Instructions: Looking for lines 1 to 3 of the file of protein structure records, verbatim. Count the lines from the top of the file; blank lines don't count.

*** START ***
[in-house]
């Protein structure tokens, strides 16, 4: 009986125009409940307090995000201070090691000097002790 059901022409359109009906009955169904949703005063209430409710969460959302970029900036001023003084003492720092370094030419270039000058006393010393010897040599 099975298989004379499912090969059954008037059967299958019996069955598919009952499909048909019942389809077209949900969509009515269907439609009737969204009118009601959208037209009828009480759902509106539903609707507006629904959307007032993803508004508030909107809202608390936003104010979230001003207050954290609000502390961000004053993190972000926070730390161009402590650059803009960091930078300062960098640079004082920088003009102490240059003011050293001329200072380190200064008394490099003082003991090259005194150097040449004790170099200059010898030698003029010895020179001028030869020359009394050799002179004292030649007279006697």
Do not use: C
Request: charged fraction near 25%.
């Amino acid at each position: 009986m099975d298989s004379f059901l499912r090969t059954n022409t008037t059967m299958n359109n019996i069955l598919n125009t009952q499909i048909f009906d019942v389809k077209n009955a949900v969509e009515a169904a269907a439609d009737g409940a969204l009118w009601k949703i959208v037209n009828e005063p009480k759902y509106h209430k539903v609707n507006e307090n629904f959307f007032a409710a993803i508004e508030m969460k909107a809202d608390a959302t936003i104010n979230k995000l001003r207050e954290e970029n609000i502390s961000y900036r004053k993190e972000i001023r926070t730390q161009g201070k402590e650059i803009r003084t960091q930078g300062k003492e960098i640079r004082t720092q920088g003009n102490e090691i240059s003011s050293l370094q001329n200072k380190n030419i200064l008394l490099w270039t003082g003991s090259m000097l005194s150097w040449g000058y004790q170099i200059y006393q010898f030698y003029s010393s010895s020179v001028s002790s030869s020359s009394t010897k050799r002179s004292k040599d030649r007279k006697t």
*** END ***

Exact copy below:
[in-house]
């Protein structure tokens, strides 16, 4: 009986125009409940307090995000201070090691000097002790 059901022409359109009906009955169904949703005063209430409710969460959302970029900036001023003084003492720092370094030419270039000058006393010393010897040599 099975298989004379499912090969059954008037059967299958019996069955598919009952499909048909019942389809077209949900969509009515269907439609009737969204009118009601959208037209009828009480759902509106539903609707507006629904959307007032993803508004508030909107809202608390936003104010979230001003207050954290609000502390961000004053993190972000926070730390161009402590650059803009960091930078300062960098640079004082920088003009102490240059003011050293001329200072380190200064008394490099003082003991090259005194150097040449004790170099200059010898030698003029010895020179001028030869020359009394050799002179004292030649007279006697």
Do not use: C